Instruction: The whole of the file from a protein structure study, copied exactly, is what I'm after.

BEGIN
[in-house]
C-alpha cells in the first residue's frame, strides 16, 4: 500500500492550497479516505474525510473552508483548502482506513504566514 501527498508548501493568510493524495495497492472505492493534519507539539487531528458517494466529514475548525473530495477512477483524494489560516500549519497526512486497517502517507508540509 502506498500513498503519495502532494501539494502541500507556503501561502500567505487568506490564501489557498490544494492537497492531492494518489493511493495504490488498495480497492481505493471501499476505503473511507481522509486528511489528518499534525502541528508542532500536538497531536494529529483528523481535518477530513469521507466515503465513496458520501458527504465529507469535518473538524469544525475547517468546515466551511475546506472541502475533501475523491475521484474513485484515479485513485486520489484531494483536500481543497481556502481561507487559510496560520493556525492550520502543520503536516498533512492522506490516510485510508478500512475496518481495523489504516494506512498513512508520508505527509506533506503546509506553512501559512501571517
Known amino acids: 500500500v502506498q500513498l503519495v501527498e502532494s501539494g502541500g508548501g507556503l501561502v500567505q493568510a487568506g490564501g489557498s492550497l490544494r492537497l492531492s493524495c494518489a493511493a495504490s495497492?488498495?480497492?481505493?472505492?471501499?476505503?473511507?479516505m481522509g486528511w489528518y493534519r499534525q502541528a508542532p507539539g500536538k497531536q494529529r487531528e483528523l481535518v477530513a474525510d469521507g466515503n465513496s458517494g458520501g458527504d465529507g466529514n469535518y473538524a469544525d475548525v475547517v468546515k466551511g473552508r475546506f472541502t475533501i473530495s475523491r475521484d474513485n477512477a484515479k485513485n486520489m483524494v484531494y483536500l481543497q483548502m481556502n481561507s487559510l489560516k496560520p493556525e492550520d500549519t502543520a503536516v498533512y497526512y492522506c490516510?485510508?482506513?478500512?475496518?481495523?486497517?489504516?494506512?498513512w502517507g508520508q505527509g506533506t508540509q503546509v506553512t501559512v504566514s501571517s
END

[in-house]
C-alpha cells in the first residue's frame, strides 16, 4: 500500500492550497479516505474525510473552508483548502482506513504566514 501527498508548501493568510493524495495497492472505492493534519507539539487531528458517494466529514475548525473530495477512477483524494489560516500549519497526512486497517502517507508540509 502506498500513498503519495502532494501539494502541500507556503501561502500567505487568506490564501489557498490544494492537497492531492494518489493511493495504490488498495480497492481505493471501499476505503473511507481522509486528511489528518499534525502541528508542532500536538497531536494529529483528523481535518477530513469521507466515503465513496458520501458527504465529507469535518473538524469544525475547517468546515466551511475546506472541502475533501475523491475521484474513485484515479485513485486520489484531494483536500481543497481556502481561507487559510496560520493556525492550520502543520503536516498533512492522506490516510485510508478500512475496518481495523489504516494506512498513512508520508505527509506533506503546509506553512501559512501571517
Known amino acids: 500500500v502506498q500513498l503519495v501527498e502532494s501539494g502541500g508548501g507556503l501561502v500567505q493568510a487568506g490564501g489557498s492550497l490544494r492537497l492531492s493524495c494518489a493511493a495504490s495497492?488498495?480497492?481505493?472505492?471501499?476505503?473511507?479516505m481522509g486528511w489528518y493534519r499534525q502541528a508542532p507539539g500536538k497531536q494529529r487531528e483528523l481535518v477530513a474525510d469521507g466515503n465513496s458517494g458520501g458527504d465529507g466529514n469535518y473538524a469544525d475548525v475547517v468546515k466551511g473552508r475546506f472541502t475533501i473530495s475523491r475521484d474513485n477512477a484515479k485513485n486520489m483524494v484531494y483536500l481543497q483548502m481556502n481561507s487559510l489560516k496560520p493556525e492550520d500549519t502543520a503536516v498533512y497526512y492522506c490516510?485510508?482506513?478500512?475496518?481495523?486497517?489504516?494506512?498513512w502517507g508520508q505527509g506533506t508540509q503546509v506553512t501559512v504566514s501571517s